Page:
Union Bar and Grill – 42 Strand Road, Botahtaung township

Gekko Restaurant and Bar – 535 Merchant Street, Kyauktada township

50th Street Bar, Restaurant and Café

A 50th Street pizza
A 50th Street pizza

If you love drinking beer while watching rugby or cricket, then this place is your home-away-from-home. “50th Street” as it’s affectionately known, has been around for ages and it has big screen TVs, pool tables and a stunning spiral staircase leading to the upstairs lounge area. Well known local bands such as Side Effect play on occasion upstairs and the acoustics are great. 50th Street has been under new management since January 2014 and now focuses on serving up great pub fare (which as we know, also does wonders for those already hungover!). Last week I chomped down a chicken burger dripping with melted cheese and bacon and a generous side of chunky fries with salsa. Was fantastic!

Address: 50th Street (just off Merchant Street)

Captain’s Bar

Captains Bar
Captains Bar

Captains in the Savoy Hotel used to be one of the very few places in Yangon to sip a gin and tonic and it still maintains a crowd of regulars. However its popularity among the 20- and 30-something crowd is virtually non-existent these days. Perhaps it’s time for the nautical theme to be overhauled?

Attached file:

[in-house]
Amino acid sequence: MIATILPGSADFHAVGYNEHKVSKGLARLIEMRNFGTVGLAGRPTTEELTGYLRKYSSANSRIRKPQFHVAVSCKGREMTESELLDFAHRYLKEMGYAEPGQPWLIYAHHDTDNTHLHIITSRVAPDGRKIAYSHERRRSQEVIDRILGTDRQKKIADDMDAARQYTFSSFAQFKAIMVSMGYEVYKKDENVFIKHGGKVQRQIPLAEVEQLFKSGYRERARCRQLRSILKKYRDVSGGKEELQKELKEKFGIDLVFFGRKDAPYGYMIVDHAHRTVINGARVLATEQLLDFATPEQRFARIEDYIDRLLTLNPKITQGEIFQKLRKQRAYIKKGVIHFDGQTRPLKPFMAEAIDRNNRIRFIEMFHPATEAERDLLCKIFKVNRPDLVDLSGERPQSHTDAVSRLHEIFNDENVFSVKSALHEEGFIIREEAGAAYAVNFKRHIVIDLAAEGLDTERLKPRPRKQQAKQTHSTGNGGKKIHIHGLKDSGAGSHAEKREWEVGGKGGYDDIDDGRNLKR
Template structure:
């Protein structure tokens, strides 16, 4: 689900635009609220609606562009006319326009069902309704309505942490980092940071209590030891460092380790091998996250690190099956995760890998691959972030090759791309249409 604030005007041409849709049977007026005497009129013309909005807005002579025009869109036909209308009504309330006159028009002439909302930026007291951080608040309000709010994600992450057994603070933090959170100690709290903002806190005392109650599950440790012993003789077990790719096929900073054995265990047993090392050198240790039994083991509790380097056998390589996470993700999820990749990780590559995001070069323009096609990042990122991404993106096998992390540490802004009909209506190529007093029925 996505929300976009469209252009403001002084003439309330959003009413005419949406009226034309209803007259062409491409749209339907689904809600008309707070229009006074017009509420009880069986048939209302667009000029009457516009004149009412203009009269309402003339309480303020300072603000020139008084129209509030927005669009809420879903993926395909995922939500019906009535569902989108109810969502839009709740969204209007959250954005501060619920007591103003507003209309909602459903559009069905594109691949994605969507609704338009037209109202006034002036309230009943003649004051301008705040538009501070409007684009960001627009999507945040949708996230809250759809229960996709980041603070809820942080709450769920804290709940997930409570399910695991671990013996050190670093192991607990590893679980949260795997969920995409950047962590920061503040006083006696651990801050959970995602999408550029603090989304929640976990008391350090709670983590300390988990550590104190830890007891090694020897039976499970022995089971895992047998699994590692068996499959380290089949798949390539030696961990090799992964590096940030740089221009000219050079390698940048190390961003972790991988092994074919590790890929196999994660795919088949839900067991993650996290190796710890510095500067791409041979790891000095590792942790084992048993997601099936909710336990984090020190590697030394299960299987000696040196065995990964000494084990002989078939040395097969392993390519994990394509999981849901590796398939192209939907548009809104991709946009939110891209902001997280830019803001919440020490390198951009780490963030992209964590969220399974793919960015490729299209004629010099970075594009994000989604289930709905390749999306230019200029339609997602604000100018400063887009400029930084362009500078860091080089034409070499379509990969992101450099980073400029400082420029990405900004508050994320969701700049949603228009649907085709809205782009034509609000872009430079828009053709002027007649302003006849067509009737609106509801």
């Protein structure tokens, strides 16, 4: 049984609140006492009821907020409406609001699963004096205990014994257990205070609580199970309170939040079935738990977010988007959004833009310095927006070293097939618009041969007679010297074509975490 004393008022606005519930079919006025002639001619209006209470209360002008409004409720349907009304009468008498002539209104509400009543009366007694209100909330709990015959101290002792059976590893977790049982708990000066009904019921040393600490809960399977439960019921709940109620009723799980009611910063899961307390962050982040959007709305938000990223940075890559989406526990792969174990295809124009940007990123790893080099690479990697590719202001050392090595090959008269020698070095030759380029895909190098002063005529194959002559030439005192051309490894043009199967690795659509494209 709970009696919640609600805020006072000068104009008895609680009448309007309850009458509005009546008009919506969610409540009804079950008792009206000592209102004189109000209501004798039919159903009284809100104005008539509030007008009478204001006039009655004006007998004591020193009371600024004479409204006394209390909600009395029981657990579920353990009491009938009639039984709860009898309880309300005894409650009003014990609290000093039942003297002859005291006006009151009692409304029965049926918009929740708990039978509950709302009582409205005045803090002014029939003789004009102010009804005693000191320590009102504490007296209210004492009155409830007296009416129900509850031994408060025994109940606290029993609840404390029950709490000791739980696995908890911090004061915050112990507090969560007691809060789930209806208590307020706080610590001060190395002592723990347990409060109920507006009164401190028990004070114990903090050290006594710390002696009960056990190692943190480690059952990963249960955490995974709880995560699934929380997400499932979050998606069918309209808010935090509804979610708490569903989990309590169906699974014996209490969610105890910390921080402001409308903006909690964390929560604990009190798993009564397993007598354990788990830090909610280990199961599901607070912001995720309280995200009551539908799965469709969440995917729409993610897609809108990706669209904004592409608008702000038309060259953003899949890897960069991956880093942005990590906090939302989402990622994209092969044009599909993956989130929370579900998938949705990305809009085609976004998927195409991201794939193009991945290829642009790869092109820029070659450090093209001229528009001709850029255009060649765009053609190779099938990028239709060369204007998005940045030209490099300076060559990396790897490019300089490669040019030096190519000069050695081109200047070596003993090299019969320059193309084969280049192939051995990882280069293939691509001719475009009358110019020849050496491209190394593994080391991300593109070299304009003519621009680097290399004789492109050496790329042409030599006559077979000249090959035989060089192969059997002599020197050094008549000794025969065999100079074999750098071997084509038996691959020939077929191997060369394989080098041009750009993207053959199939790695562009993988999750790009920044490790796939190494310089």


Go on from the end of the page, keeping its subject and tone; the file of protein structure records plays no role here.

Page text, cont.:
Address: Savoy Hotel on Inya Road

Mojo Bar

Mojo Bar
Mojo Bar

Across the road from Captain’s Bar is the recently renovated Mojo Bar, which sports exposed brick walls, long timber tables with candelabras, with an overall industrial look that’s very hip indeed. It has an upstairs area with a loungey feel and plenty of comfy sofas, and the music in the downstairs bar is sure to get you inching for a dance (for which you will need to visit a club, listed at the end). Recommended: an electric blue Smurf Kiss shot.

Address: No.135, Inya Road (corner of Inya and Dhammazedi roads)

The Strand Bar 

Though it seems implausible now given its stately feel, this bar was actually once used to stable Japanese troops’ horses during the Japanese occupation of Yangon. However for who knows how long, this bar has attracted Yangon’s wealthiest clientele. Happy hour lasts all night long on Fridays.

Address: 92 Strand Road

Sapphire Bar and Lounge

Sapphire Bar and Lounge
Sapphire Bar and Lounge